Purpose: In this article, we (re)consider the moments of creativity and beauty in the work of technical communication and how those moments can be better incorporated into, emphasized, explored, and engaged with in classroom instruction or other training.
Method: We performed a literature review of texts published in the last 25 years, identified by searching for the keywords "creativity" and "beauty" in technical communication journals, to understand how these concepts have been theorized and included in the field recently. We then extended this prior literature to consider how beauty and creativity might be incorporated into technical communication teaching/training. The suggestions offered are grounded in experiences, observations, and student feedback from our own classrooms and training, and/or from other classroom studies and additional literature from the field.
Results: We identified creative approaches that help students and practitioners think more intentionally about audience, purpose, and visual elements in technical communication. These approaches reinforce (rather than distract from) established principles of technical communication. We offer practical solutions for instructors and trainers who are intrigued by more creative techniques but may, for various reasons, consider artistic elements inappropriate or unworkable in their classrooms.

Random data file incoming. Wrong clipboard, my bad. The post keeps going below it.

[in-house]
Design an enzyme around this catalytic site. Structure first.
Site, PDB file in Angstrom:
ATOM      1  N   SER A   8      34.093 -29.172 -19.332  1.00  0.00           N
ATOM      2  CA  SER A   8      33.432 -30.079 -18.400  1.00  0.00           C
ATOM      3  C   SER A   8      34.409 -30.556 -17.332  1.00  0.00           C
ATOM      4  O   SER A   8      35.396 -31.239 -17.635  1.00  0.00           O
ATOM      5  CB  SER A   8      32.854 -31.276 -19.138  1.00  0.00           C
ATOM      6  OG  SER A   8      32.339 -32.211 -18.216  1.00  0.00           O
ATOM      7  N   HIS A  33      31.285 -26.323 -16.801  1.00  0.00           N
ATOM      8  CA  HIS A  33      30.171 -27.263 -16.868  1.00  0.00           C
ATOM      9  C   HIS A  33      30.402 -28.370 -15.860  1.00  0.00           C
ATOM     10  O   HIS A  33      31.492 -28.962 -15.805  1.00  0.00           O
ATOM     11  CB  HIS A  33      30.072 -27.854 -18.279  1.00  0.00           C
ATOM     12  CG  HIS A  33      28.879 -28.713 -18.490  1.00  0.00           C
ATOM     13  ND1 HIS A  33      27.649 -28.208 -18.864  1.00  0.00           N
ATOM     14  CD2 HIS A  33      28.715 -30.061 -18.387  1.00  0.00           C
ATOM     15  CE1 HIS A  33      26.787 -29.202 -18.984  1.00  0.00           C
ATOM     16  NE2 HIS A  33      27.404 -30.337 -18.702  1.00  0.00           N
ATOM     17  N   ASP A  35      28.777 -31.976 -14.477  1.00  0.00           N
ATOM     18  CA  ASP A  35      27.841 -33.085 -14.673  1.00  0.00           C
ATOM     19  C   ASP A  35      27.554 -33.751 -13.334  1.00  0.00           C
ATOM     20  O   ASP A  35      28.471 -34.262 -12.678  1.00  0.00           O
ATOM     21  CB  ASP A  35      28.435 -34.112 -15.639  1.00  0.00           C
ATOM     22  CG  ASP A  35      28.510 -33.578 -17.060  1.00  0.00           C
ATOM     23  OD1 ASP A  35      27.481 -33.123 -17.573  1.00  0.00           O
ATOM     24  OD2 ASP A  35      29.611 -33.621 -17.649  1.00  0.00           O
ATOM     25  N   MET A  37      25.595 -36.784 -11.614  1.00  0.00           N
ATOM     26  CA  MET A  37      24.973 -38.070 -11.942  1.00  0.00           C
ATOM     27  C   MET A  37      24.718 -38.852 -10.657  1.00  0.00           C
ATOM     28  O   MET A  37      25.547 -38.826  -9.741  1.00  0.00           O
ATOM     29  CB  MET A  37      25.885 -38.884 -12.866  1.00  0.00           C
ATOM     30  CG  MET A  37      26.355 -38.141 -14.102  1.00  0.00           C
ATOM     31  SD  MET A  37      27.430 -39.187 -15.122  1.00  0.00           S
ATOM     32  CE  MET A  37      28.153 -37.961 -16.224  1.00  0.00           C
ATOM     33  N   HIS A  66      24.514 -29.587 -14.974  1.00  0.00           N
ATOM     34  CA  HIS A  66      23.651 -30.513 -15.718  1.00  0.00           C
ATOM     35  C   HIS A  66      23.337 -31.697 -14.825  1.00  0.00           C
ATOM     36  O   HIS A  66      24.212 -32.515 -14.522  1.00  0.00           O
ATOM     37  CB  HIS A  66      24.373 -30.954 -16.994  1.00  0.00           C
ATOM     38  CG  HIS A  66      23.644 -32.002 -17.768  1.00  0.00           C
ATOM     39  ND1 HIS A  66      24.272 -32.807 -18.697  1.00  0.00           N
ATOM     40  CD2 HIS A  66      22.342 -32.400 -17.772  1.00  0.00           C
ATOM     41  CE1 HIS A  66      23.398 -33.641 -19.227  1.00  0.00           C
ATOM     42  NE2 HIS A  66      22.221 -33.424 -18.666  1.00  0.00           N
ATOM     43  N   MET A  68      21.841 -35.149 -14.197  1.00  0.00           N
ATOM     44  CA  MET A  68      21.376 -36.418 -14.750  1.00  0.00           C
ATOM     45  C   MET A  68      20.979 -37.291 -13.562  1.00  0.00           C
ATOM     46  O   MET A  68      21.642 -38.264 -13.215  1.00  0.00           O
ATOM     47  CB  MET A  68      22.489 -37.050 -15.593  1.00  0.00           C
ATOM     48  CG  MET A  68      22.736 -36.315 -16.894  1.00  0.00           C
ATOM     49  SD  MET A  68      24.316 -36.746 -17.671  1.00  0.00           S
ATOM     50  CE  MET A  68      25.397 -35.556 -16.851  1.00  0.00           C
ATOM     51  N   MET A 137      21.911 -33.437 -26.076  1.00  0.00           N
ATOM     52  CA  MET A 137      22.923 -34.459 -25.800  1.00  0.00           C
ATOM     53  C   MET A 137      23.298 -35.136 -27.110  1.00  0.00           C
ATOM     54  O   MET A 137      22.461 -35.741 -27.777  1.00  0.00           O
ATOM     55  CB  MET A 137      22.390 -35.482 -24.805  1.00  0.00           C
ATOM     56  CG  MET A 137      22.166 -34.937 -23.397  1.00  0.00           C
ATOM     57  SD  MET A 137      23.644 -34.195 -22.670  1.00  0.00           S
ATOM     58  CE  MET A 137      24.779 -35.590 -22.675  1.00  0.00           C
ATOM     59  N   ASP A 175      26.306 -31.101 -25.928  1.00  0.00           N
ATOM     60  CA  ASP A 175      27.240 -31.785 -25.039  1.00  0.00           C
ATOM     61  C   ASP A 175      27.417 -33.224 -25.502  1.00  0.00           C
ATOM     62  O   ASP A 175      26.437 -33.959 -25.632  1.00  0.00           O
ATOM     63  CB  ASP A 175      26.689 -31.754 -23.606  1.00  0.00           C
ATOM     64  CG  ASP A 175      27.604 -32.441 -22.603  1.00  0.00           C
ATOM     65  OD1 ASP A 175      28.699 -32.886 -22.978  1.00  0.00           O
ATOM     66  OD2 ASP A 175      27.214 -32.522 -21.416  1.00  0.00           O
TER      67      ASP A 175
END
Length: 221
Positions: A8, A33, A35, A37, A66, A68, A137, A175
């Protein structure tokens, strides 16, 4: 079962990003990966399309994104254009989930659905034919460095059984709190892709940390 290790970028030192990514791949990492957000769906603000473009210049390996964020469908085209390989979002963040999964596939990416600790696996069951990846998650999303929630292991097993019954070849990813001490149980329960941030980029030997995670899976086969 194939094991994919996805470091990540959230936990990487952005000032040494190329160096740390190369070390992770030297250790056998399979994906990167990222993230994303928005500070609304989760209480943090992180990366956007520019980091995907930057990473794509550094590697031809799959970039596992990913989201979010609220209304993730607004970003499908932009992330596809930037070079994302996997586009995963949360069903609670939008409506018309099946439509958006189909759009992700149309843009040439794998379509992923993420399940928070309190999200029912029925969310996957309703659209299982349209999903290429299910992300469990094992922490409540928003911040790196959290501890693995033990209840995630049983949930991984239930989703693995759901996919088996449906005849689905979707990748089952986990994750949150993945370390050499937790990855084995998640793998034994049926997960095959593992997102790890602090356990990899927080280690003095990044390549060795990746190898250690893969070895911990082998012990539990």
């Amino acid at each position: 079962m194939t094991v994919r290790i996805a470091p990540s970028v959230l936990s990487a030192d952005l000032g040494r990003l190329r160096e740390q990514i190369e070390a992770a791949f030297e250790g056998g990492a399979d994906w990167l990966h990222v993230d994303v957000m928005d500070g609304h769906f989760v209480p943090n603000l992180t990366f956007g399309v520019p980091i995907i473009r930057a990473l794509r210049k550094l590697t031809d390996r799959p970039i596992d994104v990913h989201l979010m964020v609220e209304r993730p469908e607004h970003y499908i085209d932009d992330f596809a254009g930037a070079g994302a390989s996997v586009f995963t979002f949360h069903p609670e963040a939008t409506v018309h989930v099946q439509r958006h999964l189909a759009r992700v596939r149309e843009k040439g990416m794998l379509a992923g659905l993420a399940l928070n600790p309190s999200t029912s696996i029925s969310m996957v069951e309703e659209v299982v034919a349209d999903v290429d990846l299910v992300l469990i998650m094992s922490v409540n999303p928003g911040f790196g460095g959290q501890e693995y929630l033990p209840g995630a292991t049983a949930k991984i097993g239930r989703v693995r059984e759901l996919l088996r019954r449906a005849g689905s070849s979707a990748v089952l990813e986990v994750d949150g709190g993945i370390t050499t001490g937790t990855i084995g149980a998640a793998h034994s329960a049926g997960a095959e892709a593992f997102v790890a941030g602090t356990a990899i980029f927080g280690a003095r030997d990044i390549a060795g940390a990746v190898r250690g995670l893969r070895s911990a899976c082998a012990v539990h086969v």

Conclusion: Fostering an appreciation for creative and beautiful communication in the classroom helps develop more effective technical communicators. Especially considering that the ways audiences encounter and interact with information have been changing rapidly, technical communicators must be able to think and create both visually and spatially, as well as connect with users on a human level.
Hardesty, Kathleen Sandell, and Andrew Hollinger. “Uncommonly Common: Reconsidering Creativity and Beauty in Technical Communication.” Technical Communication, vol. 67, no. 4, Soc Technical Communication, Nov. 2020, pp. 28–48.